When newcomers enter a church, generally speaking, they are fawned over by "old timers" and effusively welcomed into the "family". This is especially true if they happen to be new Christians, which they are generally assumed to be (a condescending tendency that never ceases to amaze me). People with aspirations of church leadership can't wait to "disciple" the newcomers - even if those newbies happen to have PhDs in systematic theology - and save seats for them until they enroll in the "membership classes". By this time, they are essentially a sure source of income and fresh testimonies, so the Higher Caste Christians move on to the fresher newcomers, in what becomes a never-ending revolving door of caste-shuffling.

Have you ever noticed that everyone wants to "disciple" you, but no one has time to just meet up for a coffee?

The other night, my husband and I were venting our spleens (only to each other) about the presence of politics even in excellent churches like ours. We vowed never to become involved in the game, but I (being passionate about missions) am continually frustrated by the double-standards used to consider proposals for actually doing good. Who you are (and whether your husband is a deacon/elder) seems to have bearing on how seriously you are taken -- which leaves those desiring to make a difference with two options: a) start climbing the church hierarchy, or b) give up and go home. I am entirely too Irish to choose the latter, but my husband and I are both too principled to attempt the former.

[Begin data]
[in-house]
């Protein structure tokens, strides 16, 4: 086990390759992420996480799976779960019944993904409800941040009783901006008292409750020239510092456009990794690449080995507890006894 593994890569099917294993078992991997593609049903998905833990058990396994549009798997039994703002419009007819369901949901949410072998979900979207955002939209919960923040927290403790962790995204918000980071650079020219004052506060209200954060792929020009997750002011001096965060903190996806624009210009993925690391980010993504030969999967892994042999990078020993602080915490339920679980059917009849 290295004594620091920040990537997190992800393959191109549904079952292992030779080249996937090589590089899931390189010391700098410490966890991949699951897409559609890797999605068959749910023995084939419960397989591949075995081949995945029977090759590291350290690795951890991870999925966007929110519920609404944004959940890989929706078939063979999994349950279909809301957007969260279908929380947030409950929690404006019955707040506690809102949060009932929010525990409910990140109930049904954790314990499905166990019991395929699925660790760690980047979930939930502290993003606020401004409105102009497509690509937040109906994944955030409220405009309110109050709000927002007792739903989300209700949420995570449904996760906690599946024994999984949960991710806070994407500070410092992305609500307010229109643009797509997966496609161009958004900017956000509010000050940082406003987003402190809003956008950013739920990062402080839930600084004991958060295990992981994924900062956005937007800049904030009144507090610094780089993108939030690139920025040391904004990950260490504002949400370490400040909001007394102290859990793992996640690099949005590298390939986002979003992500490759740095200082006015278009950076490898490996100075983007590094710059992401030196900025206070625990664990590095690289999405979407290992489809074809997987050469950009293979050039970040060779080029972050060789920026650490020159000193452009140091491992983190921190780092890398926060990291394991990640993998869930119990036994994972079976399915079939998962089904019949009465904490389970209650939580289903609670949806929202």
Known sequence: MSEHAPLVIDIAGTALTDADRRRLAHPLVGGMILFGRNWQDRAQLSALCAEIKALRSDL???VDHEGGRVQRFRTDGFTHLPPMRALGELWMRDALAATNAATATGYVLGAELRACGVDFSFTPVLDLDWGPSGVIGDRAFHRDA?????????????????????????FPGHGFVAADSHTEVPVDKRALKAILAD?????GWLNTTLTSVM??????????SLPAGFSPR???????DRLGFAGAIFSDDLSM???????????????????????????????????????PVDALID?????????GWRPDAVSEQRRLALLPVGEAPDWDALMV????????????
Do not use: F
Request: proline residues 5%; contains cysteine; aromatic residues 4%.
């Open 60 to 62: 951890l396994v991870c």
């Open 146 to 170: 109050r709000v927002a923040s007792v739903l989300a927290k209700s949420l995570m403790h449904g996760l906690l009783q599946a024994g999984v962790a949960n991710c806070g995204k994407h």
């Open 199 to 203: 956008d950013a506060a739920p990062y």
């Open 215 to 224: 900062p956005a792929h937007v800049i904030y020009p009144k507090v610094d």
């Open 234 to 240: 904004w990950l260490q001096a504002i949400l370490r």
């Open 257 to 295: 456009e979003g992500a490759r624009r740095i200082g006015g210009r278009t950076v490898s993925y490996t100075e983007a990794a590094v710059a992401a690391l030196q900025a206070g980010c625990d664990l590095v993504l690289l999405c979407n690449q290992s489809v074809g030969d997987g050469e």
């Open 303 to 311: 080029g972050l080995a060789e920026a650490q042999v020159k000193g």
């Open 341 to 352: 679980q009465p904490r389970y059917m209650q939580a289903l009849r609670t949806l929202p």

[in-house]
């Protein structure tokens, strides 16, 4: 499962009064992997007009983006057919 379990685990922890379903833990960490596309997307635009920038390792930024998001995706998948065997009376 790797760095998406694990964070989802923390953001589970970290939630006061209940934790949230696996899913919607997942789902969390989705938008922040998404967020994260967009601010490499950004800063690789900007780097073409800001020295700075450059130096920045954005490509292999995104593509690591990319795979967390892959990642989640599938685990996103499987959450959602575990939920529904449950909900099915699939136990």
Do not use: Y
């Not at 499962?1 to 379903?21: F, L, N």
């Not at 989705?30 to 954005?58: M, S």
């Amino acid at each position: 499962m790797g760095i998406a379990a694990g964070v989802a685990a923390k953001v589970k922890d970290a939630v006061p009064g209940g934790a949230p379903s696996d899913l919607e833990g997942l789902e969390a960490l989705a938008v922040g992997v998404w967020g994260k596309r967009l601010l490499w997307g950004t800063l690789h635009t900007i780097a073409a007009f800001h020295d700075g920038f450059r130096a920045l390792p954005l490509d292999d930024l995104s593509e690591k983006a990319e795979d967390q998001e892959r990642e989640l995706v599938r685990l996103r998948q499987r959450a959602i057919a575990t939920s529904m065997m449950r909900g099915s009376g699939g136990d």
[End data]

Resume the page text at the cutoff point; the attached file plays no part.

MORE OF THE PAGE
Do I really have to say this? Church should not be a "networking opportunity". Not only is this common sense, people, it's forbidden in Scripture: James and Paul both blast Christians for their tendency to show favoritism based on status and rank.

Another toe I'm going to step on is this whole "fellowship" myth. "Koinonia" encompasses a much deeper meaning in Greek than the current, casual use of the term as a noun, verb, and adjective. The word has become so overused in evangelical circles that it is utterly meaningless. Instead of true friendship, we are expected to sign up for the Christmas Fellowship Something or Other and purchase our tickets for only $5 each in order to enjoy a Time of Fellowship. I swear I am not making this up. So people who can't be bothered visiting each other, helping bear each others' burdens (either spiritually or physically), and have no friends outside of Facebook avatars are expected to replace spontaneous gathering as friends with Church Fellowship Events.